Once we arrived in Jasper, Texas it did not take long before my partner and I ran into trouble. We had noticed that many of the properties had white crosses in the yards, rebel flags, and another flag that is white with blue field in the upper corner with a red cross. We came to learn later that those are symbols of white supremacy. The later flag is what is known as a Christian flag, but it’s been adopted by the KKK as well.

When we saw these symbols, we naively felt little concern; we inaccurately guessed the crosses represented a Christian family. However, we quickly learned crosses can also represent white supremacy for many.

We came to a property where the signage was very racist along the driveway. Signs that were warnings for non-whites not dare come to this home. As a working partner of a non-profit organization whose sole purpose is helping people, we are taught not to distinguish who gets our assistance. Even if a person is a flag waving racist, we offer them the same assistance to them as we do their neighbors. My partner and I are white, so we figured we could knock on the door without any harm. I knocked and then heard a commotion in the house, it sounded like people leaving out the backdoor. I heard someone fumbling with the lock on the front door, and eventually the door opened to a big man coming out on the porch.

“Hello,” I said and explained what organization we were with, even though we were both dressed in vests that obviously expressed who we were. “We are doing a wellness check on you, your family and your neighbors. Have you been affected by the flood and if so, how can we help?”

He looked at me, then to my partner and his face turned red and his eyes narrowed as he turned back to me. “We don’t want no damn Yankees helping us. We can get along just fine without you!”

He was visibly angry with us. The disdain this guy had for Americans living in the North was unbelievable. My partner who was seventy-two at the time said, “Yankee? I haven’t heard that term used toward someone since the seventh grade. You folks still use that term?”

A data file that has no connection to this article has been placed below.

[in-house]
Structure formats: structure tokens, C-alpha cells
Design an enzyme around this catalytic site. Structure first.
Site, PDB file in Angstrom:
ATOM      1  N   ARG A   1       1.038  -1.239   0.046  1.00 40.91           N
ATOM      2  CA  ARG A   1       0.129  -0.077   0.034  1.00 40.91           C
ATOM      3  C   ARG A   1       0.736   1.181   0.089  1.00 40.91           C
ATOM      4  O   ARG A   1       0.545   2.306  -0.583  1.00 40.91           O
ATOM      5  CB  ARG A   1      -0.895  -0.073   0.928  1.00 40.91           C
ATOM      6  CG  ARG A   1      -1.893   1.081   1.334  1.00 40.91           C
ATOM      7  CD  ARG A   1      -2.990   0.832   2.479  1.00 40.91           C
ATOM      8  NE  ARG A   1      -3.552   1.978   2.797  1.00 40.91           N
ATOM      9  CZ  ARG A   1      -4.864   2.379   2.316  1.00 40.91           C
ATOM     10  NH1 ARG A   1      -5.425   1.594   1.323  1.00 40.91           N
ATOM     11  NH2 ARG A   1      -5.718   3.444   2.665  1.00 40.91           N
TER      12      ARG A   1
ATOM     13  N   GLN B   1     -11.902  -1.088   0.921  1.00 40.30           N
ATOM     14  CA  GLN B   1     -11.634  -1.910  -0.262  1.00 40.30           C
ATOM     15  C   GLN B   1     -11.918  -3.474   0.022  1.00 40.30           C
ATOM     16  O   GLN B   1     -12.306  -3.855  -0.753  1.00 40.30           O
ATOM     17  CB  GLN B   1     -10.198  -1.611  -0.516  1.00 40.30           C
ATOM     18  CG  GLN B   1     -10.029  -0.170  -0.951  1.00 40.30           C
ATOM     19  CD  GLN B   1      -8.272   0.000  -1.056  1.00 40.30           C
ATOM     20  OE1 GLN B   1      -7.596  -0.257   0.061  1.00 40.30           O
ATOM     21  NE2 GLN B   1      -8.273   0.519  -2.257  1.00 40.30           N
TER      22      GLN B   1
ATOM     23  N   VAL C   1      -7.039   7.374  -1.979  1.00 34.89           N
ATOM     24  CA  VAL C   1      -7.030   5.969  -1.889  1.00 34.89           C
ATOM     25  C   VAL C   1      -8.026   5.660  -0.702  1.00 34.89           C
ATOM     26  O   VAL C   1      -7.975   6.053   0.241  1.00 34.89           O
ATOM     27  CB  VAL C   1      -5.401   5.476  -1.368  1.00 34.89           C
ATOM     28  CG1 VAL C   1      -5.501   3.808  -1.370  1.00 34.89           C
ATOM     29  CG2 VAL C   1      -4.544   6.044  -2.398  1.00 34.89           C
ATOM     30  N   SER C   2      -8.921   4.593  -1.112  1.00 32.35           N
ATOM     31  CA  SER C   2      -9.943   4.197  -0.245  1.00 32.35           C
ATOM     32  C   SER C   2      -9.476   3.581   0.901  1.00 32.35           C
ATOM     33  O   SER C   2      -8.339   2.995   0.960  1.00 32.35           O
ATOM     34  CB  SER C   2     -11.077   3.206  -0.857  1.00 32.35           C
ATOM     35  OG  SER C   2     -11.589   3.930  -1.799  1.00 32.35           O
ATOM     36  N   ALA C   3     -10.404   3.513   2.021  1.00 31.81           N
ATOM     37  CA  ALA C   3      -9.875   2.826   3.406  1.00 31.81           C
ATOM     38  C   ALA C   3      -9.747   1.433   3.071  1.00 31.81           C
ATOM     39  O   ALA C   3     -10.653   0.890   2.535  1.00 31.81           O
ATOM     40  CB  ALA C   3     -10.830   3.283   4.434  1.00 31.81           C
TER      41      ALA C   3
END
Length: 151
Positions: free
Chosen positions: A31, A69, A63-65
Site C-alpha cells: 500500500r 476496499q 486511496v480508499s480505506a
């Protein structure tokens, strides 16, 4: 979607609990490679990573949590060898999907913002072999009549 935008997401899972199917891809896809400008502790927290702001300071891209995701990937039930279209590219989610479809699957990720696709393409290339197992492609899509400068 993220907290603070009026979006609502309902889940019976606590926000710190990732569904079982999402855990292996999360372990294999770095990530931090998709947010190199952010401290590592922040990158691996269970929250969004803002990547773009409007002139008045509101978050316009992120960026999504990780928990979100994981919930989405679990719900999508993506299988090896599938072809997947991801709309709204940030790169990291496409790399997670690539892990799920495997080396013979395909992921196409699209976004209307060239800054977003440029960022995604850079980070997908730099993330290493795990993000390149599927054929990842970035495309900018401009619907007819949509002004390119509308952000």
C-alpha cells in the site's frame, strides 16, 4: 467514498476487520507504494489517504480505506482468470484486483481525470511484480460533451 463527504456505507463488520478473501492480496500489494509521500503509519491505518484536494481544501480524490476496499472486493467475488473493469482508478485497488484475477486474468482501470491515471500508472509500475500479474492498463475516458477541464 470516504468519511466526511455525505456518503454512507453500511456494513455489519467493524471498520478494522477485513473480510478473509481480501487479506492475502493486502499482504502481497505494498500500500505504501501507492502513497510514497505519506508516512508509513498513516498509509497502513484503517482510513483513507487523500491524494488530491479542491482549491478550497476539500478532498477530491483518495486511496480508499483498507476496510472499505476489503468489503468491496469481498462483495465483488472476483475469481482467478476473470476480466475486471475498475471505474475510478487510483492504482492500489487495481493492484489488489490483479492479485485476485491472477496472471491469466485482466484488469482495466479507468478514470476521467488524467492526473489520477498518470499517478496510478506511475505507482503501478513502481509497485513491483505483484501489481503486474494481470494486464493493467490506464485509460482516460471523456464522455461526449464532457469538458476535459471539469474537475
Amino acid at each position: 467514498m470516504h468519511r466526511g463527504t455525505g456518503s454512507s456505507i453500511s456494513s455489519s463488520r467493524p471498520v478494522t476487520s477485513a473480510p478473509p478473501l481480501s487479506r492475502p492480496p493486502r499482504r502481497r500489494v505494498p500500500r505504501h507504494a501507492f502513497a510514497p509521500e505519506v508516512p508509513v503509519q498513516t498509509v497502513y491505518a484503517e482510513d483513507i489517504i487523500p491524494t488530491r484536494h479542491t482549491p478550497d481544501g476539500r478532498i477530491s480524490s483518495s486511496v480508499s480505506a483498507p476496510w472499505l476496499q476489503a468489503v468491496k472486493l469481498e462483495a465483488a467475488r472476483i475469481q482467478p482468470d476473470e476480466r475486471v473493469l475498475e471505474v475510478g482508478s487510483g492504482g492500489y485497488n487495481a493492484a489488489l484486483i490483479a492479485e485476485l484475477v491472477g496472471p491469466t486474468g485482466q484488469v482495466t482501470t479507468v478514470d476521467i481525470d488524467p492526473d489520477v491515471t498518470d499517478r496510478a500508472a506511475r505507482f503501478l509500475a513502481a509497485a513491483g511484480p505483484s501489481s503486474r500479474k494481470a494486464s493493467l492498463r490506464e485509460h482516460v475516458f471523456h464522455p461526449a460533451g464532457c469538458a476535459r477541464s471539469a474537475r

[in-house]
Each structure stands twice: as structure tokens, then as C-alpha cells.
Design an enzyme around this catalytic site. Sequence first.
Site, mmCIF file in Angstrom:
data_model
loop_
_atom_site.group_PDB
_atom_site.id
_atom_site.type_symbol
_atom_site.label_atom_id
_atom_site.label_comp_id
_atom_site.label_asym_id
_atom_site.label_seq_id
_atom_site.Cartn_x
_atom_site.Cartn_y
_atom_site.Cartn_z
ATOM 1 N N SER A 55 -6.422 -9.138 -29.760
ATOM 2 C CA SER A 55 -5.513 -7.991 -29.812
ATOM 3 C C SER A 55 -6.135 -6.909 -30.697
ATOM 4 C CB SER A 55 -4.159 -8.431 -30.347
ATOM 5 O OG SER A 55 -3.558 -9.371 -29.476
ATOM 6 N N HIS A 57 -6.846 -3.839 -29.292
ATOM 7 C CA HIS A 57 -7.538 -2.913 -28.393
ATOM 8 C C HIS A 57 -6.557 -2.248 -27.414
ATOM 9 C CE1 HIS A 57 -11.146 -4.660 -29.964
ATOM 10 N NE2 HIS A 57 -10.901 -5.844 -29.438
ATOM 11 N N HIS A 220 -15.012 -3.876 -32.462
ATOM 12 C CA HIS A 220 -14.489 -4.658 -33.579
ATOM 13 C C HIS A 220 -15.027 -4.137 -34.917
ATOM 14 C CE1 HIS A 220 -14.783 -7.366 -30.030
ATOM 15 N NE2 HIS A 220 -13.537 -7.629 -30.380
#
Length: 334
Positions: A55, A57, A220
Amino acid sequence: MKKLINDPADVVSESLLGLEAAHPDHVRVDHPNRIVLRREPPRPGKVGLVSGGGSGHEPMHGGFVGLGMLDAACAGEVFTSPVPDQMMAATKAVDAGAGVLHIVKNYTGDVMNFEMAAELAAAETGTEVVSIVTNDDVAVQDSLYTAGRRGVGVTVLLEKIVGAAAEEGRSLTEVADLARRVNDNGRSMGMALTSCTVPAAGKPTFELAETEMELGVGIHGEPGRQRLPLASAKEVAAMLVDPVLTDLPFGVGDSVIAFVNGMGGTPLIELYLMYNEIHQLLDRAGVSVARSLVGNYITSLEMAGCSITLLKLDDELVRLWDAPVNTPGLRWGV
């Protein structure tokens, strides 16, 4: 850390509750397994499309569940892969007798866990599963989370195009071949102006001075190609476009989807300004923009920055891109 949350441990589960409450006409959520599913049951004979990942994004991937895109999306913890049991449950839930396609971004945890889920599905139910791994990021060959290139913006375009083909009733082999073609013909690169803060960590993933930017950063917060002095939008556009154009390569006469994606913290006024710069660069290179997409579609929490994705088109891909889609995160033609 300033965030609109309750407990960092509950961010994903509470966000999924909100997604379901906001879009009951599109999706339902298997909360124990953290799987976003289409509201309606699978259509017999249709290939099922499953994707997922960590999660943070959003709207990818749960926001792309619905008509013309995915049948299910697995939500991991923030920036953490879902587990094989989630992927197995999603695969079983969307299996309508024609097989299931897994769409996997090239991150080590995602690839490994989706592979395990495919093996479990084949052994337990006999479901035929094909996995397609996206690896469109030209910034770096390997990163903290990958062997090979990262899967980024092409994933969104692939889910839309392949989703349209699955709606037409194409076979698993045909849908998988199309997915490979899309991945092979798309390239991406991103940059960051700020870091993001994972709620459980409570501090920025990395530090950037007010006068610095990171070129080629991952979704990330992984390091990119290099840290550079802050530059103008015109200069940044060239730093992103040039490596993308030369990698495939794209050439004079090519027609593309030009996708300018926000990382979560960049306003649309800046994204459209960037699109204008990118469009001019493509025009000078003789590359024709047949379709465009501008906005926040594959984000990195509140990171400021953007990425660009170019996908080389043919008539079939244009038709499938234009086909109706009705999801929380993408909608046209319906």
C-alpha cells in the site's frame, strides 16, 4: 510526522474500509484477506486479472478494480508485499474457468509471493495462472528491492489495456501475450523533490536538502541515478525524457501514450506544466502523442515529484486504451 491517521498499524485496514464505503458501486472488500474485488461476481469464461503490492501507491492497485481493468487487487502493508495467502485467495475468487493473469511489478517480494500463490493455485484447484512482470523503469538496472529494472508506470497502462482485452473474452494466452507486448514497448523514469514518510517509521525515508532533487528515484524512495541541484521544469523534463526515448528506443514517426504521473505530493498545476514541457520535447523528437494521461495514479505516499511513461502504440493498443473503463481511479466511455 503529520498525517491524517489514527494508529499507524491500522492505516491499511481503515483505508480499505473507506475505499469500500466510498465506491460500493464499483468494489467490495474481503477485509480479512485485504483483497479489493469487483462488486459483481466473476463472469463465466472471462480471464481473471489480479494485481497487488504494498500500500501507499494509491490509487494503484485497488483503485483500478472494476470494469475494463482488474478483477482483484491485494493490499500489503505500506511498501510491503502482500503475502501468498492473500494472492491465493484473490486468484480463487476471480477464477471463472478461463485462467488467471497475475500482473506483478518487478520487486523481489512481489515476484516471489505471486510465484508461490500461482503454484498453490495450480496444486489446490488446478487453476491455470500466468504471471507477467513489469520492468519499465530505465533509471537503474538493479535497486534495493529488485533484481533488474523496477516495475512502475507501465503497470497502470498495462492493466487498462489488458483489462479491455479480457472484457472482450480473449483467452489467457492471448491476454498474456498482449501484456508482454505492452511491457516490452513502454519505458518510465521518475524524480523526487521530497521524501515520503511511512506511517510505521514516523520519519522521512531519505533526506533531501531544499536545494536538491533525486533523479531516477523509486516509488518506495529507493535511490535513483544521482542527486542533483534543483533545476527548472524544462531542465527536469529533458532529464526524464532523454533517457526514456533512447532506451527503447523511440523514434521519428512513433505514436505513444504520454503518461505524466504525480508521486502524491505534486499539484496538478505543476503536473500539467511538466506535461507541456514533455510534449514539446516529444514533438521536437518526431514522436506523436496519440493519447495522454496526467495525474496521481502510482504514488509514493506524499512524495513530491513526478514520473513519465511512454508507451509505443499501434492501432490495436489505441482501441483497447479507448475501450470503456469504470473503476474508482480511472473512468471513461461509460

That was when I saw a man about hundred yards off in the backyard pointing a rifle at us from behind a tree. I looked at the big man and said as I pointed at the red cross on my chest, “This is not a target. We are only here to offer assistance. If that is problem, then we will go.”

The big man waved a hand and the man behind the tree dropped his aim and walked calmly back to the house through the backdoor. He then told us it was better if we left and that we should tell everyone from FEMA to the Salvation Army not to come to his house. For safety reasons my partner and I went out of our way to inform everyone we could about that area. It was common for us to run into people like that in the Beaumont /Jasper area. Understand that in this area they still bury the dead according to color. I was told that ‘It’s just the custom down here in the south not to mix whites with the non-white in the grave yard.’

At another point during this disaster deployment, I was working with a FEMA officer who was headed up to Jasper from Beaumont to work at the joint operations site up there. I told him about the hostility I had experienced up there and shared my concern as he was a man of color. His reply sent shivers down my spine. He told me that when he arrived at the disaster he was assigned in Jasper where he had been warned by FEMA in the Dallas office about the intolerance in this area. The night he arrived, he was pulled over by the police. He identified himself as a FEMA officer, by holding up his badge. The police took his badge and tossed it across the street and told him they didn’t recognize his authority and because of his color he wasn’t welcome in Jasper. They told him “Remember what happened to James Byrd? If you know what is best for you, you’d leave town.” James Byrd Jr was black man that was lynched in Jasper in 1998 and drug though town behind a pickup truck. The pride these white supremist have for such a horrid act still makes me ill.